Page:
Like wage growth, some level of inflation is a good thing. It means that unemployment is low, workers are being paid well and they are out spending their money. As demand for consumer goods increases, so do retail prices, which is what drives inflation.
But when inflation heats up too quickly, it forces the Federal Reserve to cool the economy down by raising interest rates. The danger of raising interest rates is that it makes borrowing more expensive. And if companies are already nervous about an upcoming recession, they'll be even less likely to borrow and invest in new equipment and new hires if interest rates are high.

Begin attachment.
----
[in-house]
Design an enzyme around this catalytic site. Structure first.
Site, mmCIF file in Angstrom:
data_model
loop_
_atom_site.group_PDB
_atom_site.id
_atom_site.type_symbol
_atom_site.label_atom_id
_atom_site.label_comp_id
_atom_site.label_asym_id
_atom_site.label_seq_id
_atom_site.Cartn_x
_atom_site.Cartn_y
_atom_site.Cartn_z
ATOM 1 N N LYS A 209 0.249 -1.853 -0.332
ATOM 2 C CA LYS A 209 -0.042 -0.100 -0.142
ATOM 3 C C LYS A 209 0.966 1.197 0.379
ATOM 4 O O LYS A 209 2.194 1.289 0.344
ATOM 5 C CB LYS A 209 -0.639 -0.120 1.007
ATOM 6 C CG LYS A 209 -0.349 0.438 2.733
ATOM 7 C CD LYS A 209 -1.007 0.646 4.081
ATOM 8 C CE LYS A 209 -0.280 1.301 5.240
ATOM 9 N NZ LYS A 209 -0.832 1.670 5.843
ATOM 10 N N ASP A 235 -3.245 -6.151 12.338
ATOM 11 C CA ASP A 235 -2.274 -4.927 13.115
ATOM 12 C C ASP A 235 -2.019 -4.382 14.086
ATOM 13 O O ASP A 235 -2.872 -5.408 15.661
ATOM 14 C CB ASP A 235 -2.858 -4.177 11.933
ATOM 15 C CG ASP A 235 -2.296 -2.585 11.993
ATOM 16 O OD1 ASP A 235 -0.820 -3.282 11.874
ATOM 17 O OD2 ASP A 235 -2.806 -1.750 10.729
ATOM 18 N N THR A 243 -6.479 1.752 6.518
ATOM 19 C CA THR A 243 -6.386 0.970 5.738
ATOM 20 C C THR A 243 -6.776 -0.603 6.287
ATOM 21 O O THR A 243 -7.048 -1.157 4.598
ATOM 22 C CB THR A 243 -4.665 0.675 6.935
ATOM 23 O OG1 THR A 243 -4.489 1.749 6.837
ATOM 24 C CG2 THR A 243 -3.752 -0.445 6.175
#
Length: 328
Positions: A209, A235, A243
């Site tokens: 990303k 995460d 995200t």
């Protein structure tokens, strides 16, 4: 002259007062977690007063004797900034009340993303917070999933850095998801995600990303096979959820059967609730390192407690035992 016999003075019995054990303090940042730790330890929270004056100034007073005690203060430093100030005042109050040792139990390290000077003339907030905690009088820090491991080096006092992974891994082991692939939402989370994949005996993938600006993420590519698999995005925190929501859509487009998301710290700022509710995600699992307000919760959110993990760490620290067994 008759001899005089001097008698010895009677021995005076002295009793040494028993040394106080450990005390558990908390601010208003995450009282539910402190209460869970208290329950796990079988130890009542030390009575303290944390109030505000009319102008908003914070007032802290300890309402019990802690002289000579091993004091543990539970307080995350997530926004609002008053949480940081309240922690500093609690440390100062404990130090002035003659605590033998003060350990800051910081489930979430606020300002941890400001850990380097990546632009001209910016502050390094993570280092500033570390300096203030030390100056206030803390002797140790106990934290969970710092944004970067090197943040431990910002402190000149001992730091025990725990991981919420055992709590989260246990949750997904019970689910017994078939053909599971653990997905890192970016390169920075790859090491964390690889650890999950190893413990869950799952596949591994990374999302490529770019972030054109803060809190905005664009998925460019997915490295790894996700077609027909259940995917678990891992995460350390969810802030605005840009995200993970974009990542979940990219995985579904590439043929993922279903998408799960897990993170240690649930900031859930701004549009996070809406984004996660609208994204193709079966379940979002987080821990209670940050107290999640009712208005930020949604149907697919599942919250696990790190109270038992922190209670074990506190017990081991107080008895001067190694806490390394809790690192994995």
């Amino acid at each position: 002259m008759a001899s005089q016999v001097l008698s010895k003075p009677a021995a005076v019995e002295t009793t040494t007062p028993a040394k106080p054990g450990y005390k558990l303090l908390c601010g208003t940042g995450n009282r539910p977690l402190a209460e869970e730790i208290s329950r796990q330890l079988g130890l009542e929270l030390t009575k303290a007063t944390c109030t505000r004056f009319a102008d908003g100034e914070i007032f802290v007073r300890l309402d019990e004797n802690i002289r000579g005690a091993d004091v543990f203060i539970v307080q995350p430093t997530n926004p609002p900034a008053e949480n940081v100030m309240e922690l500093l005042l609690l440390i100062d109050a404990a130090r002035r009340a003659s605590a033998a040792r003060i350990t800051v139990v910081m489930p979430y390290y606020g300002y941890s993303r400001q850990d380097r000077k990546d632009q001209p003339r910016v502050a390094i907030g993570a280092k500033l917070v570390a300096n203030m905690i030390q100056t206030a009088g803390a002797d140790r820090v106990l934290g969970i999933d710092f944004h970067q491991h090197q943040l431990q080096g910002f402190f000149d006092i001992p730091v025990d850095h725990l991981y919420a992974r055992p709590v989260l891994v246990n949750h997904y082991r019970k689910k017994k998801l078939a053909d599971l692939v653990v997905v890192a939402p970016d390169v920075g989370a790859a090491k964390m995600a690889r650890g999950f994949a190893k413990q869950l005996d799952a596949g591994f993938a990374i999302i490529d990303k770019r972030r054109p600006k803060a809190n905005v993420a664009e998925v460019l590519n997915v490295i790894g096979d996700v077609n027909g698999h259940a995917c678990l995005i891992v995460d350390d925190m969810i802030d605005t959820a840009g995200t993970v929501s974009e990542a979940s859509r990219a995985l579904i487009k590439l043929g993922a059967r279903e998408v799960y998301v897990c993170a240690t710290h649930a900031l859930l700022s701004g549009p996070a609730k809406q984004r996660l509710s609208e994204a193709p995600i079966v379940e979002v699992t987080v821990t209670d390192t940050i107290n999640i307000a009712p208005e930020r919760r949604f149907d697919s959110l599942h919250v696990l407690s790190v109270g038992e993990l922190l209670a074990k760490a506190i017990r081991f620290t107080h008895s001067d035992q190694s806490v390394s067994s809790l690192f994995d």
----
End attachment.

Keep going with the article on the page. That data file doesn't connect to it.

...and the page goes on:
If the Fed plays its cards right, it can keep inflation at manageable levels — 2 percent is the target — without raising interest rates so high that they choke off economic growth. The timing of those rate increases is the key. If the Fed guesses wrong and raises rates right as the economy begins to sputter, it could accelerate an economic meltdown.